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July 2015 Tank of the Month




This Article Features Photo Zoom

Bryn Roberts' (Dustyuk) 360 US-gallon Reef Aquarium






Hi, I'm Bryn Roberts from the UK and it’s my pleasure to share my tank with Reef Central. As we say here in Blighty I was chuffed to be asked to do a write up on what is simultaneously my pride and joy and the bane of my existence!


I've been a little disproportionately obsessed with all things piscine since the age of 14 when I took up angling. As those close to me know, I struggle to do anything by half so every spare minute was spent fishing or planning my next trip. Whilst I always admired aquariums, aside from the two goldfish (Kenny Dalglish and Ian Rush) that my brothers and I kept as kids I didn't actually have my own tank until my early twenties. It was however one of my very first purchases when I bought my own house. Then things started to get silly...... It wasn't long before I had a wall mounted freshwater tropical tank in the dining room, a fish only marine tank in the lounge and a large koi pond in the garden. If my girlfriend had had any sense she'd have recognised the warning signs and jumped ship while the going was good! We moved house a few years later which meant selling up my tanks but in short order I bought a friends reef set up and decided to cut my teeth on some soft corals. It was a short lived and ultimately doomed experiment and the tank became riddled with aiptasia and colonial hydroids however the die was now cast, I was hooked deeper than any trout I'd banked in my angling days. A house extension followed and with it came a bigger tank and my first attempt at sps corals. I made every possible mistake with that tank, pests, parasites, over tinkering and under maintaining until in the end I found the right formula for me. It ran well for a while and I actually achieved a pretty nice result. This as all reefers know meant only one thing, time to tear it down and go bigger! And so my current tank came to fruition, I tried to apply everything I learned from my early attempts though critically there was still an important lesson that I foolishly refused to learn (more on that later).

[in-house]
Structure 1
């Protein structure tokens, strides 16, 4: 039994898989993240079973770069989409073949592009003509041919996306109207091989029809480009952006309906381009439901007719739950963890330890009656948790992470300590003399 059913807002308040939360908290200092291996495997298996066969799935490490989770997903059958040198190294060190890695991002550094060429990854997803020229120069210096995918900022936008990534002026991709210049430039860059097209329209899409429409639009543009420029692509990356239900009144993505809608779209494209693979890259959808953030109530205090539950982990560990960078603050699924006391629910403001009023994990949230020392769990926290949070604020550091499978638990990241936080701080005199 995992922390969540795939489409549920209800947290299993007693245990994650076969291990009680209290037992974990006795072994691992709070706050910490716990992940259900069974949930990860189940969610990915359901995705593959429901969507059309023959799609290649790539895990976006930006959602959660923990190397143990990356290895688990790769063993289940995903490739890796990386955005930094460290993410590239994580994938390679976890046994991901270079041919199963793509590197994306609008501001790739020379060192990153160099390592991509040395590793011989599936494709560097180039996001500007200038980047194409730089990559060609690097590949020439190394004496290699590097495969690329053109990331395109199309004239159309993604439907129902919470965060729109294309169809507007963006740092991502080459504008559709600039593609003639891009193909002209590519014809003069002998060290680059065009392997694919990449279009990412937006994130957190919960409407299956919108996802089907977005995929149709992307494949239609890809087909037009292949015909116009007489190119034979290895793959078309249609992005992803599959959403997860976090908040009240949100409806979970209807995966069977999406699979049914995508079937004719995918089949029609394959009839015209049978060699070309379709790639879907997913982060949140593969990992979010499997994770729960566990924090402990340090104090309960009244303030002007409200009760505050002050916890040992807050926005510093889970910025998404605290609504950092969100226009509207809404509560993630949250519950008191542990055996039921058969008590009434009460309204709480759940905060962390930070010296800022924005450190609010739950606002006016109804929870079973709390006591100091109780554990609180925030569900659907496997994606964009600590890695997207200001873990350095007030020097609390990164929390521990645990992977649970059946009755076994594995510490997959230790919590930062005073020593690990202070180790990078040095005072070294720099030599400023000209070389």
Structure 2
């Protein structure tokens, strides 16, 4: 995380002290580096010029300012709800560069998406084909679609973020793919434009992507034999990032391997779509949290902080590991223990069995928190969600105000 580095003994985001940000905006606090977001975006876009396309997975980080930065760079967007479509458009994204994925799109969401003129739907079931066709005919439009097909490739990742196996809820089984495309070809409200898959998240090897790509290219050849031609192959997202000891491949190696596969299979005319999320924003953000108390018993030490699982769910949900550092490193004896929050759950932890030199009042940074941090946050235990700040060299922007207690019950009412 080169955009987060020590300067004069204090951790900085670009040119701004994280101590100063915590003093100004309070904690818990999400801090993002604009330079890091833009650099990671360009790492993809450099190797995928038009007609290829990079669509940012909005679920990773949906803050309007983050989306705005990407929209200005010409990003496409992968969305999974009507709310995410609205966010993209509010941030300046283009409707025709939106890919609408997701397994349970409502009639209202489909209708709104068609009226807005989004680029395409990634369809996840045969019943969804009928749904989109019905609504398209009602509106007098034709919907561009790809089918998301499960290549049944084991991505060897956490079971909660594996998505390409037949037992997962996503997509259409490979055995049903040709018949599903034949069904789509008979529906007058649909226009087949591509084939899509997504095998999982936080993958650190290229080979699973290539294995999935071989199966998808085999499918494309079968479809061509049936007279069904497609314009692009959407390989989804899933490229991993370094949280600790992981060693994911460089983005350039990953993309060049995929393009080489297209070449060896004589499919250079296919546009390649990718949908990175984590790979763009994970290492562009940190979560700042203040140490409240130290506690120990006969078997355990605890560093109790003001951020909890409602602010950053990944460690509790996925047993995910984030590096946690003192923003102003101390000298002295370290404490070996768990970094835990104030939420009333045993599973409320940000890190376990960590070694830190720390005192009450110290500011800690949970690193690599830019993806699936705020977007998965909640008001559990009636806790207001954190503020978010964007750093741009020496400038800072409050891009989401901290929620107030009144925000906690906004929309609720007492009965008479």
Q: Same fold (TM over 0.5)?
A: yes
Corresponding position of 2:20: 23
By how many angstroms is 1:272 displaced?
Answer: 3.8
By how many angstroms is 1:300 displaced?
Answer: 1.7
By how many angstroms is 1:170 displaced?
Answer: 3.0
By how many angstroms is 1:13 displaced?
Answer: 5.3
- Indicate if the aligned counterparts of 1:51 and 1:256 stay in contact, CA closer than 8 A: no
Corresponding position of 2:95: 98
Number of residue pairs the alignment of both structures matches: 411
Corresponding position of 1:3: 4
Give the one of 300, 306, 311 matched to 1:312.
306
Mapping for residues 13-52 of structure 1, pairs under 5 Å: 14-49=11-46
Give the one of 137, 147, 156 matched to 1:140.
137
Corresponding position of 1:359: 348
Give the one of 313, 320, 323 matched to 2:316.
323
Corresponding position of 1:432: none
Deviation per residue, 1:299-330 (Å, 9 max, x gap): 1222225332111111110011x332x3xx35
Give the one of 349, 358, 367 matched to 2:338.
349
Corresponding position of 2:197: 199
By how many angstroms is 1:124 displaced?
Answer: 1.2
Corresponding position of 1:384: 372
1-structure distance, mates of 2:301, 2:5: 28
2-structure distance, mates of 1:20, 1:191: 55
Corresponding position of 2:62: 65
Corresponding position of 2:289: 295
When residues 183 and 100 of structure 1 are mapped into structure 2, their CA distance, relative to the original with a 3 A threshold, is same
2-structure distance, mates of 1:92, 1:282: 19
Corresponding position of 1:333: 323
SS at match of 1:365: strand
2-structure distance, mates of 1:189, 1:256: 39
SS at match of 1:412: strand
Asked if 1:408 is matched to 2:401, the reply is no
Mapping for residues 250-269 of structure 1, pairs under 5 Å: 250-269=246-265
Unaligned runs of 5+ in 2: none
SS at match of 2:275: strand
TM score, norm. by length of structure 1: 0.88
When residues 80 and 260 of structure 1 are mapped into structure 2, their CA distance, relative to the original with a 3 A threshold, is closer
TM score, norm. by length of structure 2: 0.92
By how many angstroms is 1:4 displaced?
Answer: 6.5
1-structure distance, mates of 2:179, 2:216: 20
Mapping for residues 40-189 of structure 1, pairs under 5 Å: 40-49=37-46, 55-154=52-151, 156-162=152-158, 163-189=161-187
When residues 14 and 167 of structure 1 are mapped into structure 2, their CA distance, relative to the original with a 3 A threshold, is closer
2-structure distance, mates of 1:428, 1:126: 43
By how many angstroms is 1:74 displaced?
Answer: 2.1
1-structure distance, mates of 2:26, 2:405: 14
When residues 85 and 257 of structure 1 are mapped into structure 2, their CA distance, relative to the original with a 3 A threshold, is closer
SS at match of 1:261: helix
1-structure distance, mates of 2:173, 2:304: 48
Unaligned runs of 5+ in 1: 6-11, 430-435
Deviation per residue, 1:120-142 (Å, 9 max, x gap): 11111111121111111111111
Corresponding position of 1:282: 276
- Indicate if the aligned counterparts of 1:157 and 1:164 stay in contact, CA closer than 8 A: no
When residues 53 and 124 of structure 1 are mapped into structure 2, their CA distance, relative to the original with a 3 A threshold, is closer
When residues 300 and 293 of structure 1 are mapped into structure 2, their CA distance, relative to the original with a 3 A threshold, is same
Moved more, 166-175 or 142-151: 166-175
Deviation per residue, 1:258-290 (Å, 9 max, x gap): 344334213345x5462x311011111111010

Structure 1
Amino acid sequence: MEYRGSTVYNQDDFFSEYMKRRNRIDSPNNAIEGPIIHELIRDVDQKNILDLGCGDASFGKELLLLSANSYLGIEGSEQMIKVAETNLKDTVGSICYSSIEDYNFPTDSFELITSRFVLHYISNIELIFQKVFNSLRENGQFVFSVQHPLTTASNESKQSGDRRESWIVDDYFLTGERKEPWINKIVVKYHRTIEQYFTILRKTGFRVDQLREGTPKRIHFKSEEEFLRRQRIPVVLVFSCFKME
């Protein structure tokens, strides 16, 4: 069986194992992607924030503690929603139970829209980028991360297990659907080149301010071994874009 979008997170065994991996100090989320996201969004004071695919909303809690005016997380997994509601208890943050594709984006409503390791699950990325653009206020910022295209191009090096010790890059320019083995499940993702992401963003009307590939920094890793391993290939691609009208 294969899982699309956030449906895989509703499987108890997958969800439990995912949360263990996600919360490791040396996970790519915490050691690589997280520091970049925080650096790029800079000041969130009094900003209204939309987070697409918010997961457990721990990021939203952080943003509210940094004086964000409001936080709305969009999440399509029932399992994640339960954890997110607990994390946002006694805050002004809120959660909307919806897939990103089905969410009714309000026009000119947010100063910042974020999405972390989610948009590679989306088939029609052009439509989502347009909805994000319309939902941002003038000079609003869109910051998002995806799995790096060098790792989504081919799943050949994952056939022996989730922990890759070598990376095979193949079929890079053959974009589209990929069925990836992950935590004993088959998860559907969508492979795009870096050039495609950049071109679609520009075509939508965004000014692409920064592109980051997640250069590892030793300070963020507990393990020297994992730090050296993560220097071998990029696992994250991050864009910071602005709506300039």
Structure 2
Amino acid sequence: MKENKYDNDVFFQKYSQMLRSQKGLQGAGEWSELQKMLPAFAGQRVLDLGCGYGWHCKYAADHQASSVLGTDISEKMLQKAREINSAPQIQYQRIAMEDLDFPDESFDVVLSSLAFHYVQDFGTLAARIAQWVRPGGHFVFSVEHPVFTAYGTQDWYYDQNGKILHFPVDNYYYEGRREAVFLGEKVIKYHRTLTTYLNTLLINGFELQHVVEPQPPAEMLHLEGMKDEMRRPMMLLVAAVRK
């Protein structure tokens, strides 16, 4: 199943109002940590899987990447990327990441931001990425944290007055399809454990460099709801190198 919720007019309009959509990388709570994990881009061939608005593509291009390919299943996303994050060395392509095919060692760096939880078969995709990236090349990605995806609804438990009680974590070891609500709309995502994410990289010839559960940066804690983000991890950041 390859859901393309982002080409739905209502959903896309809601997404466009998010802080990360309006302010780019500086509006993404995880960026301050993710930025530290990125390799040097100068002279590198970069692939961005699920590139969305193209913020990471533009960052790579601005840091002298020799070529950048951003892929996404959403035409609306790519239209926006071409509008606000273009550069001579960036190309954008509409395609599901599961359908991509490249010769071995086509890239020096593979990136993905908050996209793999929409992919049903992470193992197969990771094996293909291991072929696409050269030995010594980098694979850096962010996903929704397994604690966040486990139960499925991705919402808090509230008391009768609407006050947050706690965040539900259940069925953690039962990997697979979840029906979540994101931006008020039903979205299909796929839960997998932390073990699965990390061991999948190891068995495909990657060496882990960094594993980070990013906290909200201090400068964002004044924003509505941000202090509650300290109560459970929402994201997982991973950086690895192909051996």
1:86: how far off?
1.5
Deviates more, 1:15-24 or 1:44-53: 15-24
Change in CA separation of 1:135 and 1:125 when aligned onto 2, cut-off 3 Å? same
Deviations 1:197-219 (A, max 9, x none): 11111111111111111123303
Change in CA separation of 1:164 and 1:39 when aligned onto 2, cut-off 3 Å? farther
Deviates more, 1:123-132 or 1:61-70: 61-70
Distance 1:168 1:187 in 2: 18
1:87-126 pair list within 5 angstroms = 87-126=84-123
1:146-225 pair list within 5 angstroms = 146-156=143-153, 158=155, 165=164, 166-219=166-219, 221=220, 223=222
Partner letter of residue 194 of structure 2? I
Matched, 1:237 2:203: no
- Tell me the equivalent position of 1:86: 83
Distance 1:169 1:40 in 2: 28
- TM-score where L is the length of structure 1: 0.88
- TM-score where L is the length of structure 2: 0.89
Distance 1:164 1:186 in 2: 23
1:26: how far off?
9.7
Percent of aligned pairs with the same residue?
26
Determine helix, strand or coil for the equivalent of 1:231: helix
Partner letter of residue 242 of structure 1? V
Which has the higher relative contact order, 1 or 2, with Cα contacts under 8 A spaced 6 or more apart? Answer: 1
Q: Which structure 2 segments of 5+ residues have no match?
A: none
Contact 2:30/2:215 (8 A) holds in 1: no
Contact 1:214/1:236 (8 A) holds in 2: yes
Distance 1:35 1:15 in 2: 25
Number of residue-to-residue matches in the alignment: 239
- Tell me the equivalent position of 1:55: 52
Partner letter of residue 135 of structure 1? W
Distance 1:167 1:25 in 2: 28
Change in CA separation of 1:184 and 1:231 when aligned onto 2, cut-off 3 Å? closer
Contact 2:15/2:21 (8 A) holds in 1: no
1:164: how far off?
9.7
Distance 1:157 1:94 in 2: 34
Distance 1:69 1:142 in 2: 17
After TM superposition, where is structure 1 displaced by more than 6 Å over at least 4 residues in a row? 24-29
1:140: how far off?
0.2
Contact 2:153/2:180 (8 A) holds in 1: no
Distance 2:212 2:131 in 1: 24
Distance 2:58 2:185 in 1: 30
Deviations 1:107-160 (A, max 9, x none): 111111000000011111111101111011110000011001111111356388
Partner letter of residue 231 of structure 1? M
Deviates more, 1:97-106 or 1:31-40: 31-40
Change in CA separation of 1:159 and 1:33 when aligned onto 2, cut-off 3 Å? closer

The tank is approximately 360 US gallons with low iron side and front viewing panels. It sits on a custom made steel frame with white acrylic panels I had made to size. These stick to the frame by way of self-adhesive magnetic strips, this was one of the best ideas I had, they look great and are so easy to pop on or off.




System Profile

• Main Display: 360 US Gallon (64in x 42in x 30in) 
• Skimmer: Deltec SC2560
• Powerheads: Tunze 6205 x2, Tunze 6100 x2
• Calcium Reactor: Schuran Jetstream 1
• Metal Halides: Electronic Ballasts, 400W Radium 20k x2